October 27, 2006
Political campaign season highlights the
two realities that constitute Richmond.
On one hand we have the Establishment, represented by the Chamber of Commerce, the Council of Industries and large real estate developers. Chevron looms particularly large in the first two. These organizations are largely dominated by wealthy individuals who live in Marin County, Piedmont, Orinda, Danville and other highly desirable and expensive domiciles.
If you read the small print on their campaign literature (anti-Measure T and anti-Gayle McLaughlin) you will find the sources to be “Coalition to save Jobs, sponsored by Council of Industries, 150 Post Street, Suite 450, San Francisco” and “Committee to Oppose Measure T, sponsored by Chevron, 150 Post Street, Suite 450, San Francisco.”
We also got a letter from Contra Costa County Sheriff Warren Rupf, a Republican incidentally, supporting the reelection of Mayor Irma Anderson, who is a favorite of the Establishment. Although the letter is from Rupf, it was paid for by “Richpac, a committee sponsored by the Richmond Chamber of Commerce, major funding by: Coalition to Save Jobs, sponsored by Council of Industries (political committee/industry association), the Cove at Marina Bay (residential community), Richmond Development Company (real estate development), MSH properties (property owner), and Committee for Quality Government, sponsored by Chevron Corporation (political committee/energy company).” In all fairness, I have to point out that Josh Genser of Richmond Development Company is, in fact, a Richmond resident as is Mark Howe of MSH properties. In fact, Mark Howe is, in my book, a genuine Richmond hero, contributing generously to our national park and pioneering in redeveloping and creating jobs in the Iron Triangle. Unfortunately, Josh and Mark seem to have fallen in with the wrong crowd and will undoubtedly see the light some day.
On the other hand, you have the rest of us, some 100,000 Richmond residents, some also small business owners, who want to improve the quality of life in Richmond and perhaps raise our ranking from second worst roads in the Bay Area to maybe the 3rd or 4th worst roads. Unfortunately, these things take money, and we have asked our reluctant corporate businesses to help pay for them.
The misinformation being distributed by the Richmond Establishment will be addressed in a press conference Monday by perhaps unlikely gaggle of councilmembers, brought together in this case to seek the truth, information following:
FOR IMMEDIATE RELEASE
Friday, October 27, 2006
Contact: Gayle McLaughlin, (510) 237-1256
Richmond City Council Members Speak Out for Measure T
On Monday, October 30, four members of the Richmond City Council will hold a press conference to voice their strong support for Measure T, the Business License Act, on the November 7 ballot. Councilmembers Nat Bates, Tom Butt, Gayle McLaughlin, and Maria Viramontes are presenting this press conference to share correct information about Measure T in the wake of a massive disinformation campaign launched against the measure by Chevron and the Council of Industries.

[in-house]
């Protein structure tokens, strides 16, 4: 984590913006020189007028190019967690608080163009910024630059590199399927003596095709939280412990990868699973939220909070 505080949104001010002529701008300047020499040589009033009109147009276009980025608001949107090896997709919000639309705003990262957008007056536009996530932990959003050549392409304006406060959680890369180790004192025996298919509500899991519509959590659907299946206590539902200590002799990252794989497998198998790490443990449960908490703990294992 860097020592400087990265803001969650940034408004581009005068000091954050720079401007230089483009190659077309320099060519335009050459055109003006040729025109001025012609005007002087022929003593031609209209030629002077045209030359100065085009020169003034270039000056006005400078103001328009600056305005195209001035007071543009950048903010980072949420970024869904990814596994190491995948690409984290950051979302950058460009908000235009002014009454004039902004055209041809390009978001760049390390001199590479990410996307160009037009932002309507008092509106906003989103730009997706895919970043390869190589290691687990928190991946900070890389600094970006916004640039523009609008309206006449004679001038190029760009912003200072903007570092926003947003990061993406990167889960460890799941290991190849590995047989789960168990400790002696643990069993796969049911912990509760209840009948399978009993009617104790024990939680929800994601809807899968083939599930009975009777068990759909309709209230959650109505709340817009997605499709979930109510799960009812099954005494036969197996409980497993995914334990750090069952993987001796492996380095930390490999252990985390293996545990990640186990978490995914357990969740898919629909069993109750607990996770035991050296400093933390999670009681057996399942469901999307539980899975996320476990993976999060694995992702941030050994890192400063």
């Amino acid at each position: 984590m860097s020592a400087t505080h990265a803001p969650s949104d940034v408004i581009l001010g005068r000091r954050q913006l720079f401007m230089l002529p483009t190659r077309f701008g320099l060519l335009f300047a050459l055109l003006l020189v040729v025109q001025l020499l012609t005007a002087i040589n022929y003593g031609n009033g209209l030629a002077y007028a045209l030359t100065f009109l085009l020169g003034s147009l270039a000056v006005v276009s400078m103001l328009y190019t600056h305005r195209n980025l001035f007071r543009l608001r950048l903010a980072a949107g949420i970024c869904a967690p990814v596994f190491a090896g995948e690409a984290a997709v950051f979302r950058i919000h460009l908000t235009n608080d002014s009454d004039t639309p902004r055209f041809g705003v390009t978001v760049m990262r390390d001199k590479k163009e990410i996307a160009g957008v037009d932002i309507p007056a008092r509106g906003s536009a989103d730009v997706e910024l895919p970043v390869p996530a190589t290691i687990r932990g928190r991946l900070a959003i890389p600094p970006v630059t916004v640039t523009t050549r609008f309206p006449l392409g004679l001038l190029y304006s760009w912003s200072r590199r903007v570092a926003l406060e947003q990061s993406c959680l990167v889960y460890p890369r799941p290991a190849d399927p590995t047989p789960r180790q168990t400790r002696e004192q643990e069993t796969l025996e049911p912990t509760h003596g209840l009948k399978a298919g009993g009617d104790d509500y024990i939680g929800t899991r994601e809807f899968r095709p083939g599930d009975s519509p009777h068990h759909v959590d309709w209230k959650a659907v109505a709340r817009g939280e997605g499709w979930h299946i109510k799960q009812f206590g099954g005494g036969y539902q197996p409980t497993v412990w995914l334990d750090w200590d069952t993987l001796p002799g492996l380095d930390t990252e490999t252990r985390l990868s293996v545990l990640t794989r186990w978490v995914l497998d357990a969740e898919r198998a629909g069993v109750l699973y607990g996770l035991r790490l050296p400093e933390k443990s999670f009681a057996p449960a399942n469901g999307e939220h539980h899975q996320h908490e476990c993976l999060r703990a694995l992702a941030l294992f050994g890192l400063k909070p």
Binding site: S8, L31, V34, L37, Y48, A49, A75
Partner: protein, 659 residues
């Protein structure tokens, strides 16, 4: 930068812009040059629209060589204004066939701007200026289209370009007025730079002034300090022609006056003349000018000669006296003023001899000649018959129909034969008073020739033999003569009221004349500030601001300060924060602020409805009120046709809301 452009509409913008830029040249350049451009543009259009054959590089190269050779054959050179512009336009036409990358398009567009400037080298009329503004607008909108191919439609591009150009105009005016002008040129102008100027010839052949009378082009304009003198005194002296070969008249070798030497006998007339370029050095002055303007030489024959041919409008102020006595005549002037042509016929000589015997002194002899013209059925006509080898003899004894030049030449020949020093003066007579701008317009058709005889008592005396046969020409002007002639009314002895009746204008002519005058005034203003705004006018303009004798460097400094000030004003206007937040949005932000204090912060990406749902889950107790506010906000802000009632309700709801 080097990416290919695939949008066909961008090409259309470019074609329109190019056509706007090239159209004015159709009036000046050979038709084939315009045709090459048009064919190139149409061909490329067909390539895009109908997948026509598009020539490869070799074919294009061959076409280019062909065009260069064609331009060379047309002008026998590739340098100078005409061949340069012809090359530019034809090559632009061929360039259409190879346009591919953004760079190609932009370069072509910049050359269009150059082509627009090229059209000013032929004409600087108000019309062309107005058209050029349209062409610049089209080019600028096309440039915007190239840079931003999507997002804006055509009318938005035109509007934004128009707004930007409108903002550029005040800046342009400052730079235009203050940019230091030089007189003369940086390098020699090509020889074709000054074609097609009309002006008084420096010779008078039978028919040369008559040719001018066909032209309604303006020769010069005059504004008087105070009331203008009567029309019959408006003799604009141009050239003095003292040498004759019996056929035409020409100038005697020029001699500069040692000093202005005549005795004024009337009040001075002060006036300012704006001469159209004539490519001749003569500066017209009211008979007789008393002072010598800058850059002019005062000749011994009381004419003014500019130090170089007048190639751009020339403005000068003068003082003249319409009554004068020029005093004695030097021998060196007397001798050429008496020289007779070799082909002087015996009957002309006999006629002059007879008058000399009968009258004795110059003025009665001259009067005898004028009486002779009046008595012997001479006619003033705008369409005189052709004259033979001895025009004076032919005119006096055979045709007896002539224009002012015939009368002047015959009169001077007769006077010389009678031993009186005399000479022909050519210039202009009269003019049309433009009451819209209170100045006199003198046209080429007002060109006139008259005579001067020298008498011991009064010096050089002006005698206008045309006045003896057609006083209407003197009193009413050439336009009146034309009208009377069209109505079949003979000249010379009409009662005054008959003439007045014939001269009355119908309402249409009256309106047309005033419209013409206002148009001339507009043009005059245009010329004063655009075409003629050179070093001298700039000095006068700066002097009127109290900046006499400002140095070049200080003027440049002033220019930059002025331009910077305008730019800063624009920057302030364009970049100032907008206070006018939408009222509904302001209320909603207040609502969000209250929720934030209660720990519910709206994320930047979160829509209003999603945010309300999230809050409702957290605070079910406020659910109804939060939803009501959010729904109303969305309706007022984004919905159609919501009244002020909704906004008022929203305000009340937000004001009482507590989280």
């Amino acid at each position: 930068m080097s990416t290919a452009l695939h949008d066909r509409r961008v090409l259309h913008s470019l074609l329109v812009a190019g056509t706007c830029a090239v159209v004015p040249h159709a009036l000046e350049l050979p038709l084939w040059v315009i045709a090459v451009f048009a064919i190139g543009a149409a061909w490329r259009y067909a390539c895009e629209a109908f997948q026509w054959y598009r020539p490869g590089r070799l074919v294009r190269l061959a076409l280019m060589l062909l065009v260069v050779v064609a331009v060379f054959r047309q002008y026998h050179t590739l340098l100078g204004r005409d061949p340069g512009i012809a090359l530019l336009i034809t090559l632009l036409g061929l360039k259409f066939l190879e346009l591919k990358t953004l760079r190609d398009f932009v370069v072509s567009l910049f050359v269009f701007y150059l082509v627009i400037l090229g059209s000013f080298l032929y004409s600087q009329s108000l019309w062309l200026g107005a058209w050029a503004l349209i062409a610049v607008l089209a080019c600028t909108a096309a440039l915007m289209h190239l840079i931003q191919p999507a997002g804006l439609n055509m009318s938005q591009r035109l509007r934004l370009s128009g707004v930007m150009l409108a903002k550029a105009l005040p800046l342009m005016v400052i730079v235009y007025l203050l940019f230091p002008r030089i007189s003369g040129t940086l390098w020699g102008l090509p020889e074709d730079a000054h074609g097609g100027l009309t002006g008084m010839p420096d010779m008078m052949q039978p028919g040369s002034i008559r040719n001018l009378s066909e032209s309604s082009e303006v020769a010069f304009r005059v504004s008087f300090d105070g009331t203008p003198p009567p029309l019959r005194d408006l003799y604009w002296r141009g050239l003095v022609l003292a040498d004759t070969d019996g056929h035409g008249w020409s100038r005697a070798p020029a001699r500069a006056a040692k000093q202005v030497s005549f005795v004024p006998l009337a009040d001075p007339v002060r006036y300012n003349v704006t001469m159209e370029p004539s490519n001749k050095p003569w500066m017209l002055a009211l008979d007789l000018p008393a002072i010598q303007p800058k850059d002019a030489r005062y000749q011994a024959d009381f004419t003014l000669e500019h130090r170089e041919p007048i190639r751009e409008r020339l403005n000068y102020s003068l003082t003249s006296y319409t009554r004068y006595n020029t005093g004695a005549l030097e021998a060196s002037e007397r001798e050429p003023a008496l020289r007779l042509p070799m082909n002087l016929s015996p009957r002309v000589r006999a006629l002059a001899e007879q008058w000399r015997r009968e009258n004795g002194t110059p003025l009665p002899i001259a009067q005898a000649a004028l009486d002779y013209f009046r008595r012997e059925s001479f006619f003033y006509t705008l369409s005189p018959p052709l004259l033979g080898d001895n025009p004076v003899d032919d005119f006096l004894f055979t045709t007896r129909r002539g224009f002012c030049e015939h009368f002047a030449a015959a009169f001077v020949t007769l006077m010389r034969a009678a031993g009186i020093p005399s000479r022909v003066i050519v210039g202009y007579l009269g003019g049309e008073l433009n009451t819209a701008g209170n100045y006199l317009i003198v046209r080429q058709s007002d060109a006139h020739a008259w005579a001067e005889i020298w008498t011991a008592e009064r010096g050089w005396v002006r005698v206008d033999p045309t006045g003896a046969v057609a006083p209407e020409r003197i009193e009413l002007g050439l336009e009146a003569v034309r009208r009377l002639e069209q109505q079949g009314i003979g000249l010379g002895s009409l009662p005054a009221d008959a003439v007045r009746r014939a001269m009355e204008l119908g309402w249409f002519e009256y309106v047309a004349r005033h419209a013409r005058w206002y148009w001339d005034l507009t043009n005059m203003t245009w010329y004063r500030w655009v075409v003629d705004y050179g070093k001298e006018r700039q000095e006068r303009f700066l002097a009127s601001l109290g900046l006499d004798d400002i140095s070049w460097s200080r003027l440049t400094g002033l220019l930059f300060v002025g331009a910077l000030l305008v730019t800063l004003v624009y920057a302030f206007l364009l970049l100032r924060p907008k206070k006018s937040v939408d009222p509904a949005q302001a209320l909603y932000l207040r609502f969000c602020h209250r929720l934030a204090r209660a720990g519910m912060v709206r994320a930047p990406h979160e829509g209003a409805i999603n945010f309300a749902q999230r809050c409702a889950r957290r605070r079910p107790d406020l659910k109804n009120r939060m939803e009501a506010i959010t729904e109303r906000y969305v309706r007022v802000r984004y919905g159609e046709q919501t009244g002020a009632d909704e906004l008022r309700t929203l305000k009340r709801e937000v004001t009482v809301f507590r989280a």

Measure T would levy a new tax on manufacturing, increase the business license tax by 10%, and adjust the way landlords are taxed. According to an impartial analysis by the City Attorney’s office, Measure T would generate an estimated $8.5 million each year, of which $8 million (94%) will come from oil refining. By placing the bulk of new taxes on giant corporate manufacturers, Measure T promotes fairness and balance in the City’s tax base.
The press conference is an effort to better inform Richmond voters, who have been deluged with deceptive “hit piece” mailers and street signs, financed by Chevron and the Council of Industries, against Measure T. The mailers use scare tactics to alarm seniors about rent hikes and grossly exaggerate the impact of Measure T on small businesses. Councilmembers Bates, Butt, McLaughlin, and Viramontes are deeply concerned that Richmond residents are being manipulated and needlessly frightened by the distorted messages, and are eager to set the record straight about the merits of Measure T.
The press conference will be held in front of the Bayview Branch of the Richmond Public Library, which has been closed to the public since 2004. The library’s closed doors underscore the need for Measure T funds to restore city services, support crime prevention activities, and repair local streets. Far from being “anti-business,” Measure T will enhance Richmond’s business climate by creating a safer, cleaner, healthier and more livable city. Improvements to Richmond funded by Measure T will attract new investments, new customers, new small business ventures, new start-ups, and new employees.
Councilmembers Nat Bates, Tom Butt, Gayle McLaughlin, and Maria Viramontes proudly join neighborhood leaders, law enforcement, fire fighters, labor unions and families in their wholehearted support of Measure T.
Event: Press Conference: Richmond City Council Members Speak Out for Measure T
Date: Monday, October 30, 2006; 1:00 pm
Location: Front steps of the Bayview Branch of the Richmond Public Library
5100 Hartnett Ave
Richmond, CA 94804